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Stepfather disciplining a step son

My nine year old has been having some behavior issues. Most of his issues are at school. His entire third grade year has been filed with disciplinary problems. He does not stay in his seat in school. He repeatedly speaks out in class. When assigned work, he sits at his desk and daydreams until the teacher comes by and tells him he needs to get started. Sometimes he does, sometimes he doesn
4 Responses
242606 tn?1243786248
Indefinite withdrawal of privileges from nine-year-olds does not usually bring good results (it also removes your leverage as parents - you've already played all your cards, so to speak). As an alternative, I'd go to a day-by-day plan. Here's how. Each day your son brings from the teacher a simple checklist about whether or not he has complied with the rules. If he has, he should have access to his privileges. If not, he should not have his privileges. Each day begins anew.The most effective version of this plan is to bring each day an index card rules into two halves: one for the morning session and one for the afternoon session. All the teacher has to do is place a sticker (or a simple OK, along with initials) on the respective block (or not, if your son hasn't complied with the rules). Then, once he's home, he gives you the card. For each sticker (or OK comment) he recievs a certain amount of time (e.g. 30 minutes) for his privileges. When he does not earn a sticker for a period, he of course does not receive the allotment of privilege (e.g., TV, video game, outdoor play) and he receives a 20-minute time out. These simple plans tend to be quite effective, and they give parents the opportunity to reinforce frequently the sorts of behavior they're seeking. Also, you might want to ask the school psychologist/counselor about possible symptoms of ADHD - a simple rating scale, such as the Vanderbilt Scales or the ADHD Rating Scale or the short-form Conners can be used to obtain a glimps of the symptoms.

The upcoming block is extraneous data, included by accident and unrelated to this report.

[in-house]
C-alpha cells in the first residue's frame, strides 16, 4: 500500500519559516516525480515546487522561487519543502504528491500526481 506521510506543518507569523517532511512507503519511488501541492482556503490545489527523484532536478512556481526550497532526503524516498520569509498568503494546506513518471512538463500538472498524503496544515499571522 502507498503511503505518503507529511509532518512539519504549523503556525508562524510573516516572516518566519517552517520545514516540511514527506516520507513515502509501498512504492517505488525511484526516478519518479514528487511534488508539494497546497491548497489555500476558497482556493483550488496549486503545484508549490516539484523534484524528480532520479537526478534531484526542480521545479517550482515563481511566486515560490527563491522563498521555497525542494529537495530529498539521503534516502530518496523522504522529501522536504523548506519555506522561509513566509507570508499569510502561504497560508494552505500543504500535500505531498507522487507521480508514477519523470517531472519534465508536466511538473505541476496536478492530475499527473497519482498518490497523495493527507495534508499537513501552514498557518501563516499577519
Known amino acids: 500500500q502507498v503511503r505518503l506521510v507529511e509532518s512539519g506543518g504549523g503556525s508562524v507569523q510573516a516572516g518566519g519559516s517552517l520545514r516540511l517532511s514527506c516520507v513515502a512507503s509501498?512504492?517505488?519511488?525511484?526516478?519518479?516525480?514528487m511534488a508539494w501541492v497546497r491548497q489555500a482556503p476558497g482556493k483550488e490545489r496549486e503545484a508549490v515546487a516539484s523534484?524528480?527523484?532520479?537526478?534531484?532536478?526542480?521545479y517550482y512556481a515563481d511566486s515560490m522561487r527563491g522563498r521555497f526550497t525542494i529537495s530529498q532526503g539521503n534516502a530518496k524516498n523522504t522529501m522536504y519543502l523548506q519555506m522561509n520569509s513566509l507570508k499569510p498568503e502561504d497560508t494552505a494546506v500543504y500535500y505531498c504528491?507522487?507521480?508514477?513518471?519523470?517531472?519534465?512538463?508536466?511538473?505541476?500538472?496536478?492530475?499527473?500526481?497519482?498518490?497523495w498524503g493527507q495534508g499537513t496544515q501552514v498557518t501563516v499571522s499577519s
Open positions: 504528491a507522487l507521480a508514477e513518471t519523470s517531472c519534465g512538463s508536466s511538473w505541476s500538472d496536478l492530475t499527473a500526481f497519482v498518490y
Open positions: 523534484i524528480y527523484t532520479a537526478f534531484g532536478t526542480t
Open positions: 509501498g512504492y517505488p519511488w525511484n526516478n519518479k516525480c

Avatar universal
I know that as a married couple you should prsent a united front, but this is YOUR son and your new husband should step back and allow you the space to discipline him. He should only intervene or help when asked ot by you. This is ESPECIALLY true if he has a relationship with his real father. He will only rebel more and more the tougher your husband gets.
Avatar universal
I agree with Kassimom, but in addition, have you thought about whether your son is having emotional problems in dealing with your divorce and remarriage? It is hard for a child to concentrate when he is struggling with feelings of loss and anger, and his anger will only increase if you new husband continues to be too harsh in his disciplinary requirements.  Children are not as adaptable to change as we all have been led to believe.  They struggle immensely to cope with problems we adults present them with. You only need to look at the statistics on childhood depression and suicide to realize the difficulty of their struggle.  Your husband needs to find some compassion to deal with a child who is not his natural son.
Avatar universal
I have two children from my 1 marrige and my husband now als has a stricked way about him. I thik the most important this is that you talk to him NOT in front of you child. Let him know how you feel and come up with guid lines a disapline it work for me even though there are times I need to remind him of the limits. You must present a stonge union for your child its there safty net.
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